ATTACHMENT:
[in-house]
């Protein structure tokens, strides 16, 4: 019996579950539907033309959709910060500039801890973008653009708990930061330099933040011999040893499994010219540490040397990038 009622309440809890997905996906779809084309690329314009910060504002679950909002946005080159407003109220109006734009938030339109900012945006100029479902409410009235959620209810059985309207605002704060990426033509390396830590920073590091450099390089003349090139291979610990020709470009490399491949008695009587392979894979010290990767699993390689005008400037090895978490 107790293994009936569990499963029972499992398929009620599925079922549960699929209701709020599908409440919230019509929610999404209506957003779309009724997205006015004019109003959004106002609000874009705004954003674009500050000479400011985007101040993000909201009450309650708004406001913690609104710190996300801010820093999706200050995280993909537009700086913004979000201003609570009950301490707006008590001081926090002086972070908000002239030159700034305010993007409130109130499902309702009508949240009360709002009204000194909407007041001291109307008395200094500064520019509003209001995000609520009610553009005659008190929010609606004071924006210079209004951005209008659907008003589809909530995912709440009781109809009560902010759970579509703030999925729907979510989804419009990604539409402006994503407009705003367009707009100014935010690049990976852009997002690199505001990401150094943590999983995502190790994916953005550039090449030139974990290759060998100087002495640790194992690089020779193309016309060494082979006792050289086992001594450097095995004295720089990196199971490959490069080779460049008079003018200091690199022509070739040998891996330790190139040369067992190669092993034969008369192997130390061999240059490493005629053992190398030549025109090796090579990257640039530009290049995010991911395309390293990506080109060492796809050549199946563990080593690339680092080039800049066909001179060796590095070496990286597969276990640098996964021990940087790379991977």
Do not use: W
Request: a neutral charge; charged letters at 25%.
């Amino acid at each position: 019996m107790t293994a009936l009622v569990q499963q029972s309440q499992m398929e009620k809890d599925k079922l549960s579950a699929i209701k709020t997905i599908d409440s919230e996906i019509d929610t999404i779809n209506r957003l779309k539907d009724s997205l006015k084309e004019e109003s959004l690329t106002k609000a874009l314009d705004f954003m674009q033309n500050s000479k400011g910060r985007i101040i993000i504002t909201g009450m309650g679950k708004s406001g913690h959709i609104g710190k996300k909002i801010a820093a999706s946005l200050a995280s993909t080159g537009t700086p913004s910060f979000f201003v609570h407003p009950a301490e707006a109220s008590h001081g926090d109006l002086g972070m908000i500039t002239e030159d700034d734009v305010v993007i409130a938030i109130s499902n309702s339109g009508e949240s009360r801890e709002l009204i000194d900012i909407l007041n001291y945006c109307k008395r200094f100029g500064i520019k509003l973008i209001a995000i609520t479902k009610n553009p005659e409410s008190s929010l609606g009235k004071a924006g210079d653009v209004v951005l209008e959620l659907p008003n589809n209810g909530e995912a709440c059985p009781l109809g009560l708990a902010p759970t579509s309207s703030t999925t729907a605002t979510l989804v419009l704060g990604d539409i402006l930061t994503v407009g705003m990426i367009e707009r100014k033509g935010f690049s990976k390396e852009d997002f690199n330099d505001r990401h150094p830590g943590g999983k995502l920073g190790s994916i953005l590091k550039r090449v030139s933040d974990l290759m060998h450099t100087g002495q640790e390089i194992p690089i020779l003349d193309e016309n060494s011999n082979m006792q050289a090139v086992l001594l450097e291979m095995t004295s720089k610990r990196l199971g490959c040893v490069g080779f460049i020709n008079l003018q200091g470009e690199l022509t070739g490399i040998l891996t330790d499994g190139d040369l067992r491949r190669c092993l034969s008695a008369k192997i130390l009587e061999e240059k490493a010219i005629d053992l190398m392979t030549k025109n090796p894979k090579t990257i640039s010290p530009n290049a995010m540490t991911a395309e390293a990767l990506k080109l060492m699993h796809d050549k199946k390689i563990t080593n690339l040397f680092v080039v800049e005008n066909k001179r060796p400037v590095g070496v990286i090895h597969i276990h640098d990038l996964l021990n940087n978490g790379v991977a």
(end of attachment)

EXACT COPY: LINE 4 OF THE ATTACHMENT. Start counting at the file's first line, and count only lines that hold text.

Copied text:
Request: a neutral charge; charged letters at 25%.